Rooftop solar case study: Westbrook Industrial, Warrington
Recognising the growing importance of energy efficiency, Westbrook Industrial has recently expanded its efforts in adopting and promoting rooftop solar. This expansion of rooftop solar has been through a new company called ASG Energy Services.
Based in Warrington, the warehouse logistics provider has a 21-kilowatt solar energy system. This generates over 40% of their needed yearly electricity and has reduced their carbon footprint. It’s also been a financial boon, with a return on investment projected within two and a half years.
Amidst a cost-of-living crisis, rooftop solar is a practical solution driven by its inherent cost-saving potential.
‘We have an extraordinary amount of rooftop space in the UK just from a warehouse industrial sector. If we could get 40% of that to put 40% solar panel coverage on the roof, that would be a massive help to the country’, says Tony Gresty, managing director of both Westbrook and ASG Energy.
He is confident that the adoption of solar power in warehouses can pave the way for self-sufficiency and sustainable operations at a reasonable cost. Moreover, solar panel systems installed on warehouse rooftops protect against energy fluctuations and concerns over limited supply. As a result, rooftop solar reinforces energy security and boosts resilience.
In the long-term, rooftop solar plays a pivotal role in addressing energy challenges and reducing carbon emissions across the supply chain. By embracing solar, warehouses can achieve a more sustainable energy mix and align with carbon tracking frameworks. This approach allows businesses to meet sustainability goals and fulfill the evolving carbon footprint requirements set by industry leaders like Tesco.
Holding rooftop solar back
Despite these extensive benefits, the widespread installation of rooftop solar has been inadequate. One of its main challenges is obtaining permission from landlords, as many businesses do not own the warehouses they operate in. Lease agreements also cause issues with tenants. Typically they’ll need to remove the solar panels at the end of the lease or leave the investment with the landlord.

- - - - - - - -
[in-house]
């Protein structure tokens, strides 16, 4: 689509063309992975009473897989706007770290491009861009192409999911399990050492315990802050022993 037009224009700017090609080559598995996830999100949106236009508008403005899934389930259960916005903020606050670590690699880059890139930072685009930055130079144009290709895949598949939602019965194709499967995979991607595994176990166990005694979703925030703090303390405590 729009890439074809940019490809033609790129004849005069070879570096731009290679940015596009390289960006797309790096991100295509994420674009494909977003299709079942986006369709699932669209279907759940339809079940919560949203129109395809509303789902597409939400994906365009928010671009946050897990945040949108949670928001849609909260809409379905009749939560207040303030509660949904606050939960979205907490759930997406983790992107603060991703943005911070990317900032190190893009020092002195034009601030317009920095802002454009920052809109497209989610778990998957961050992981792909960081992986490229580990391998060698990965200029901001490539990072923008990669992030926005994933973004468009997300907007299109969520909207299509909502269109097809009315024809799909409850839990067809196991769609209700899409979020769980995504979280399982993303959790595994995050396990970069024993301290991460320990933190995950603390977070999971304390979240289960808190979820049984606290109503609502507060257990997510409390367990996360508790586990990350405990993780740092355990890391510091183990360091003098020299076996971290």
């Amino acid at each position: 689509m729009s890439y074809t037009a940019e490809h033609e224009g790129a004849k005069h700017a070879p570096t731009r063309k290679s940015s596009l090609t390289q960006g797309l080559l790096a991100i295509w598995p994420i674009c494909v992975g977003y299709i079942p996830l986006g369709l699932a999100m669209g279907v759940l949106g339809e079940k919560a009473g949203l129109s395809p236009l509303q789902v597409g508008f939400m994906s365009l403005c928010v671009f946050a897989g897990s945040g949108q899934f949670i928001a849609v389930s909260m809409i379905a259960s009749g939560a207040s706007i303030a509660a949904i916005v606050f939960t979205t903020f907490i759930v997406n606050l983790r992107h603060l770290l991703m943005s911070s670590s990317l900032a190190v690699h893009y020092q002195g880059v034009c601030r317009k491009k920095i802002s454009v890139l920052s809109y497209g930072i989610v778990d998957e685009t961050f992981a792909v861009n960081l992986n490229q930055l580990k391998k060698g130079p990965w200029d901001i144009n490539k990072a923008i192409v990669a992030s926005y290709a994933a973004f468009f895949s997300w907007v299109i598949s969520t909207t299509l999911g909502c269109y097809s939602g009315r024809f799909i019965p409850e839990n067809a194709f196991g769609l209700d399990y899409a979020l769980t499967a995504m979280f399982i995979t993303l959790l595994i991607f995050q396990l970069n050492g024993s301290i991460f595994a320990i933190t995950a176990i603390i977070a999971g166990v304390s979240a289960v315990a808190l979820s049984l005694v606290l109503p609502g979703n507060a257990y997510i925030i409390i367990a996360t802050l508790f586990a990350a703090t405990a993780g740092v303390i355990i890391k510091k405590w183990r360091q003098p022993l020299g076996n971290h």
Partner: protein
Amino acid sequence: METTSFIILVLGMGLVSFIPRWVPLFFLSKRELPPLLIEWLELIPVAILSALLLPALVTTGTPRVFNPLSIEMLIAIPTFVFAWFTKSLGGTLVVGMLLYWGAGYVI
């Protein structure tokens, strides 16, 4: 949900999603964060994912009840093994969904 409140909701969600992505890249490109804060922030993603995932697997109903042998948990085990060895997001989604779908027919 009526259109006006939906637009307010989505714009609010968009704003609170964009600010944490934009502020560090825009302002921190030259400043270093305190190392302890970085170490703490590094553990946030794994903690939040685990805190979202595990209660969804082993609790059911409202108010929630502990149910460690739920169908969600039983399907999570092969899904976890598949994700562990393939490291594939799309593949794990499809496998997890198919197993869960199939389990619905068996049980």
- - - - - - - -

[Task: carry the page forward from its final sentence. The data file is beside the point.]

The National Grid presents another great challenge to the widespread use of rooftop solar. Under investment in certain areas has resulted in inadequate capacity to accommodate large-scale solar panel systems.
‘The grid is designed like a tree, so all the power comes up through the trunk and then disseminates out to the leaves. And what we do with renewables is we tend to try and do that the other way around. We tend to generate on the extremities and feed back inwards where needed’, Tony adds.
Addressing this challenge requires big investments in grid infrastructure to support renewable energy export and provide efficient energy distribution across the country.
Government can play a pivotal role
At Westbrook Industrial, they believe that to accelerate the adoption of rooftop solar, the government can play a pivotal role by introducing stronger financial incentives. Prioritising sustainable energy solutions such as rooftop solar over carbon capture can lead to more effective and immediate progress towards sustainability goals. Additionally, government-enforced regulations promoting transparency and ethical procurement of solar panels, including anti-slavery policies and supplier compliance requirements, can ensure responsible decision-making.
Tony stresses that the urgency lies in embracing rooftop solar and other sustainable measures within the next few years to mitigate the escalating climate crisis.
‘My message to the government is from a climate crisis point of view, there’s no such thing as a slow victory. If we don’t get on with it in the next sort of 6 to 7 years, the climate emergency is just going to get worse and worse’.